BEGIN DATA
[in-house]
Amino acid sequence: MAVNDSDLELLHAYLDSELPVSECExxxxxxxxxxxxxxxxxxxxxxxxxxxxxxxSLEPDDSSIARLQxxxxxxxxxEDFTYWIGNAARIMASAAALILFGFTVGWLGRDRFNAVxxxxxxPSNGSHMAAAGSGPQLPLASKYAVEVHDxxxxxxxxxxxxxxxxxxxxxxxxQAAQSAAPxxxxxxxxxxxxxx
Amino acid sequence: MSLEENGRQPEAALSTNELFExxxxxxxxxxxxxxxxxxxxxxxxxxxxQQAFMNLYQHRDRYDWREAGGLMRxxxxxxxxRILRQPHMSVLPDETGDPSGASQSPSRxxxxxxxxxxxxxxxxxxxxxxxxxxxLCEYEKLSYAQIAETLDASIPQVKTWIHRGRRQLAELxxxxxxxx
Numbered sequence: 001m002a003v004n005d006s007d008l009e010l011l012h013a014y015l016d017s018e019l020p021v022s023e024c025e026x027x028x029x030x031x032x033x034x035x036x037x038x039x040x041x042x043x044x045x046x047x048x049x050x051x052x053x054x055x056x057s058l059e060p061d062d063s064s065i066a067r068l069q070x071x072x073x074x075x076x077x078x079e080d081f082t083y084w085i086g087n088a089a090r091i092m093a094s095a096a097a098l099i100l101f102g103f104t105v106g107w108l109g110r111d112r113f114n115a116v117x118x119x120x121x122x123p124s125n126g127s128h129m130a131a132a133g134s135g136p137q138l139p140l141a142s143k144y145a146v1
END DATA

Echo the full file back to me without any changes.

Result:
[in-house]
Amino acid sequence: MAVNDSDLELLHAYLDSELPVSECExxxxxxxxxxxxxxxxxxxxxxxxxxxxxxxSLEPDDSSIARLQxxxxxxxxxEDFTYWIGNAARIMASAAALILFGFTVGWLGRDRFNAVxxxxxxPSNGSHMAAAGSGPQLPLASKYAVEVHDxxxxxxxxxxxxxxxxxxxxxxxxQAAQSAAPxxxxxxxxxxxxxx
Amino acid sequence: MSLEENGRQPEAALSTNELFExxxxxxxxxxxxxxxxxxxxxxxxxxxxQQAFMNLYQHRDRYDWREAGGLMRxxxxxxxxRILRQPHMSVLPDETGDPSGASQSPSRxxxxxxxxxxxxxxxxxxxxxxxxxxxLCEYEKLSYAQIAETLDASIPQVKTWIHRGRRQLAELxxxxxxxx
Numbered sequence: 001m002a003v004n005d006s007d008l009e010l011l012h013a014y015l016d017s018e019l020p021v022s023e024c025e026x027x028x029x030x031x032x033x034x035x036x037x038x039x040x041x042x043x044x045x046x047x048x049x050x051x052x053x054x055x056x057s058l059e060p061d062d063s064s065i066a067r068l069q070x071x072x073x074x075x076x077x078x079e080d081f082t083y084w085i086g087n088a089a090r091i092m093a094s095a096a097a098l099i100l101f102g103f104t105v106g107w108l109g110r111d112r113f114n115a116v117x118x119x120x121x122x123p124s125n126g127s128h129m130a131a132a133g134s135g136p137q138l139p140l141a142s143k144y145a146v1